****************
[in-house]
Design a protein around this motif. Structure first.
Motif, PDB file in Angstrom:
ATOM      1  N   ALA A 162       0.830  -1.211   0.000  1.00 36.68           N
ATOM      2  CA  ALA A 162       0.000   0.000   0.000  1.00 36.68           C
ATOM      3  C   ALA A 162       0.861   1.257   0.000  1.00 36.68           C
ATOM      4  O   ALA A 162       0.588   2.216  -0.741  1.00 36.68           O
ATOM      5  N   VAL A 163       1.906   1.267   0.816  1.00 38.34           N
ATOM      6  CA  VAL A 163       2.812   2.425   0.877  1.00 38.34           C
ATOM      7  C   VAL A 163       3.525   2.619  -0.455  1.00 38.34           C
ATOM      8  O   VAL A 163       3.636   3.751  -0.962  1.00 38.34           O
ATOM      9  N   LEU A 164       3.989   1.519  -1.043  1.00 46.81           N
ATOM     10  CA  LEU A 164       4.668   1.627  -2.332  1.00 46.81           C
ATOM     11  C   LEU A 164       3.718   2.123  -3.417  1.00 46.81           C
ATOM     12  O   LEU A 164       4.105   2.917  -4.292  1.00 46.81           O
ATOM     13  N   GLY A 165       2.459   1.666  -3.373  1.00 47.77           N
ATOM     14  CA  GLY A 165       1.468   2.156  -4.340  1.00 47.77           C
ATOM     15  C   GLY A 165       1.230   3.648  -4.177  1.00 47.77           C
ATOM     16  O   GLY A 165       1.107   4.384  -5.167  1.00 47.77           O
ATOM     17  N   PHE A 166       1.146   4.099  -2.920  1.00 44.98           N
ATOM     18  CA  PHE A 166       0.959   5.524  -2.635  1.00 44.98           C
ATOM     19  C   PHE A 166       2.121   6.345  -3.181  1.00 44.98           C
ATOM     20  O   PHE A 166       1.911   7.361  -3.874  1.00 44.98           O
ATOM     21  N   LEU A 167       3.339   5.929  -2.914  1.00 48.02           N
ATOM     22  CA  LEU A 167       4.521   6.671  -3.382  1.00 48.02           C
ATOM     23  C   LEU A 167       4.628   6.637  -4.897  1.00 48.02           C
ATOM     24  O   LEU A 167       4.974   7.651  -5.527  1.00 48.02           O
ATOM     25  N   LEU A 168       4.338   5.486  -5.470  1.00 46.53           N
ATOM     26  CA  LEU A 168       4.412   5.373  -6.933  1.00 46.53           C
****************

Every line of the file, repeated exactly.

[in-house]
Design a protein around this motif. Structure first.
Motif, PDB file in Angstrom:
ATOM      1  N   ALA A 162       0.830  -1.211   0.000  1.00 36.68           N
ATOM      2  CA  ALA A 162       0.000   0.000   0.000  1.00 36.68           C
ATOM      3  C   ALA A 162       0.861   1.257   0.000  1.00 36.68           C
ATOM      4  O   ALA A 162       0.588   2.216  -0.741  1.00 36.68           O
ATOM      5  N   VAL A 163       1.906   1.267   0.816  1.00 38.34           N
ATOM      6  CA  VAL A 163       2.812   2.425   0.877  1.00 38.34           C
ATOM      7  C   VAL A 163       3.525   2.619  -0.455  1.00 38.34           C
ATOM      8  O   VAL A 163       3.636   3.751  -0.962  1.00 38.34           O
ATOM      9  N   LEU A 164       3.989   1.519  -1.043  1.00 46.81           N
ATOM     10  CA  LEU A 164       4.668   1.627  -2.332  1.00 46.81           C
ATOM     11  C   LEU A 164       3.718   2.123  -3.417  1.00 46.81           C
ATOM     12  O   LEU A 164       4.105   2.917  -4.292  1.00 46.81           O
ATOM     13  N   GLY A 165       2.459   1.666  -3.373  1.00 47.77           N
ATOM     14  CA  GLY A 165       1.468   2.156  -4.340  1.00 47.77           C
ATOM     15  C   GLY A 165       1.230   3.648  -4.177  1.00 47.77           C
ATOM     16  O   GLY A 165       1.107   4.384  -5.167  1.00 47.77           O
ATOM     17  N   PHE A 166       1.146   4.099  -2.920  1.00 44.98           N
ATOM     18  CA  PHE A 166       0.959   5.524  -2.635  1.00 44.98           C
ATOM     19  C   PHE A 166       2.121   6.345  -3.181  1.00 44.98           C
ATOM     20  O   PHE A 166       1.911   7.361  -3.874  1.00 44.98           O
ATOM     21  N   LEU A 167       3.339   5.929  -2.914  1.00 48.02           N
ATOM     22  CA  LEU A 167       4.521   6.671  -3.382  1.00 48.02           C
ATOM     23  C   LEU A 167       4.628   6.637  -4.897  1.00 48.02           C
ATOM     24  O   LEU A 167       4.974   7.651  -5.527  1.00 48.02           O
ATOM     25  N   LEU A 168       4.338   5.486  -5.470  1.00 46.53           N
ATOM     26  CA  LEU A 168       4.412   5.373  -6.933  1.00 46.53           C